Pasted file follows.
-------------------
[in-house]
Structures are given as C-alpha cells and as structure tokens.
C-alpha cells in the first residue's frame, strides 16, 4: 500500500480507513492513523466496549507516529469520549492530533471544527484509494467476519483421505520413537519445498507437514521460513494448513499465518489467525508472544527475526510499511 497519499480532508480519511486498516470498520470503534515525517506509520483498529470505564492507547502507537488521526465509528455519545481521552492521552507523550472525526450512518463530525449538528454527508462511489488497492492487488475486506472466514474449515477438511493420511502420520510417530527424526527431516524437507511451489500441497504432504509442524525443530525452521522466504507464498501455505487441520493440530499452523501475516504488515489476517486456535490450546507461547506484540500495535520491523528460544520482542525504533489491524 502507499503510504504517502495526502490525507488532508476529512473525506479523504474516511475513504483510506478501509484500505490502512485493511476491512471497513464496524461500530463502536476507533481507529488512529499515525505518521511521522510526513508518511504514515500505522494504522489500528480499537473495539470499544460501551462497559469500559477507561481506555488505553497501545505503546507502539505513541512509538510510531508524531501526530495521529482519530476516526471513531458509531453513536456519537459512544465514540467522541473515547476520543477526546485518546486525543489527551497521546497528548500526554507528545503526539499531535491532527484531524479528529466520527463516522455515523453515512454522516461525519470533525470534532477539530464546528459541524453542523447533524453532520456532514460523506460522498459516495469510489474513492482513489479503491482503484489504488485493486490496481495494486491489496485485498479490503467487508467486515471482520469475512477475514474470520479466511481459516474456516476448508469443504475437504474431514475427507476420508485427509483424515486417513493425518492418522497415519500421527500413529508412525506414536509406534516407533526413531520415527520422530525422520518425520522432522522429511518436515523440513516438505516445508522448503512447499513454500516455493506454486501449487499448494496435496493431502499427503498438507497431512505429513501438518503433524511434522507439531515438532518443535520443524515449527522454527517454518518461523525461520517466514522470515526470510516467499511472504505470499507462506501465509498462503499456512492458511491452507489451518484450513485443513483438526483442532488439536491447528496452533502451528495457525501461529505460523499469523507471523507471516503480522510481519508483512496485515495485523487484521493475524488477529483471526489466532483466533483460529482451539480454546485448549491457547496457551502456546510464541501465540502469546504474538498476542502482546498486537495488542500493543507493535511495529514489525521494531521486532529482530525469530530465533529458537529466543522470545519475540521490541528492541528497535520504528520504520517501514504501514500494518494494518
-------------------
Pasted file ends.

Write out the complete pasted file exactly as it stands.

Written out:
[in-house]
Structures are given as C-alpha cells and as structure tokens.
C-alpha cells in the first residue's frame, strides 16, 4: 500500500480507513492513523466496549507516529469520549492530533471544527484509494467476519483421505520413537519445498507437514521460513494448513499465518489467525508472544527475526510499511 497519499480532508480519511486498516470498520470503534515525517506509520483498529470505564492507547502507537488521526465509528455519545481521552492521552507523550472525526450512518463530525449538528454527508462511489488497492492487488475486506472466514474449515477438511493420511502420520510417530527424526527431516524437507511451489500441497504432504509442524525443530525452521522466504507464498501455505487441520493440530499452523501475516504488515489476517486456535490450546507461547506484540500495535520491523528460544520482542525504533489491524 502507499503510504504517502495526502490525507488532508476529512473525506479523504474516511475513504483510506478501509484500505490502512485493511476491512471497513464496524461500530463502536476507533481507529488512529499515525505518521511521522510526513508518511504514515500505522494504522489500528480499537473495539470499544460501551462497559469500559477507561481506555488505553497501545505503546507502539505513541512509538510510531508524531501526530495521529482519530476516526471513531458509531453513536456519537459512544465514540467522541473515547476520543477526546485518546486525543489527551497521546497528548500526554507528545503526539499531535491532527484531524479528529466520527463516522455515523453515512454522516461525519470533525470534532477539530464546528459541524453542523447533524453532520456532514460523506460522498459516495469510489474513492482513489479503491482503484489504488485493486490496481495494486491489496485485498479490503467487508467486515471482520469475512477475514474470520479466511481459516474456516476448508469443504475437504474431514475427507476420508485427509483424515486417513493425518492418522497415519500421527500413529508412525506414536509406534516407533526413531520415527520422530525422520518425520522432522522429511518436515523440513516438505516445508522448503512447499513454500516455493506454486501449487499448494496435496493431502499427503498438507497431512505429513501438518503433524511434522507439531515438532518443535520443524515449527522454527517454518518461523525461520517466514522470515526470510516467499511472504505470499507462506501465509498462503499456512492458511491452507489451518484450513485443513483438526483442532488439536491447528496452533502451528495457525501461529505460523499469523507471523507471516503480522510481519508483512496485515495485523487484521493475524488477529483471526489466532483466533483460529482451539480454546485448549491457547496457551502456546510464541501465540502469546504474538498476542502482546498486537495488542500493543507493535511495529514489525521494531521486532529482530525469530530465533529458537529466543522470545519475540521490541528492541528497535520504528520504520517501514504501514500494518494494518